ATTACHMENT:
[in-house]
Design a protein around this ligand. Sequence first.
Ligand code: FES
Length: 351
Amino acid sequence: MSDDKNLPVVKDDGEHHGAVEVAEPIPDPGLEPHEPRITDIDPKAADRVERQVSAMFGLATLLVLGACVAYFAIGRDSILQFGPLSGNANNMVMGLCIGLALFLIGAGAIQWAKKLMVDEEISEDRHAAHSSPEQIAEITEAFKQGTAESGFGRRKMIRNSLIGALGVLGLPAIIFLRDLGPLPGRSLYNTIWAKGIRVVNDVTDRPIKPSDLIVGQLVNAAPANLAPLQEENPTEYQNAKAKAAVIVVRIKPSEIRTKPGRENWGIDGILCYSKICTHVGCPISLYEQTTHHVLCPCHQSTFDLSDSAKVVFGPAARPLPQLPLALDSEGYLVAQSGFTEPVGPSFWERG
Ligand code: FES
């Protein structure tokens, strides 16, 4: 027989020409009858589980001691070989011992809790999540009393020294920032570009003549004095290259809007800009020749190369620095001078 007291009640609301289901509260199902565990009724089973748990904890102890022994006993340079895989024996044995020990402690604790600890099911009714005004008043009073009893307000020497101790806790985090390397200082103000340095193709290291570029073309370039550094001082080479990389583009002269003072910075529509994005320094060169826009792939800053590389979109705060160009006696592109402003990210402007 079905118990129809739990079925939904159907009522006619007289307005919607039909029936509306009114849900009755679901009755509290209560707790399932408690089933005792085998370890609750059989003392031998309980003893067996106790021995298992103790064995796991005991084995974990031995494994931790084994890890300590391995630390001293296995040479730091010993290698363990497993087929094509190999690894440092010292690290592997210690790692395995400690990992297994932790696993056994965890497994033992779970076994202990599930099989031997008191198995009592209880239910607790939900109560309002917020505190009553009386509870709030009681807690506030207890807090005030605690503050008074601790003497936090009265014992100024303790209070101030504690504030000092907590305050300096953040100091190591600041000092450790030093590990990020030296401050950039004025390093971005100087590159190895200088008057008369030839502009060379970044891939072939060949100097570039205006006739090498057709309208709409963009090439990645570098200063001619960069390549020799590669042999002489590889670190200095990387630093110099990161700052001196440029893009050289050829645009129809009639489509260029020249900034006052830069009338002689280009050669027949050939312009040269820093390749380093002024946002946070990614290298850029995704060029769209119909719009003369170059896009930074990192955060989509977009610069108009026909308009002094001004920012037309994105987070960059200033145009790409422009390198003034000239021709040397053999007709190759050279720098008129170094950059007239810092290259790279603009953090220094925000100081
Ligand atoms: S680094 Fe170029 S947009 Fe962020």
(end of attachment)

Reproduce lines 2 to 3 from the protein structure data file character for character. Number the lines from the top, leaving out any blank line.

Design a protein around this ligand. Sequence first.
Ligand code: FES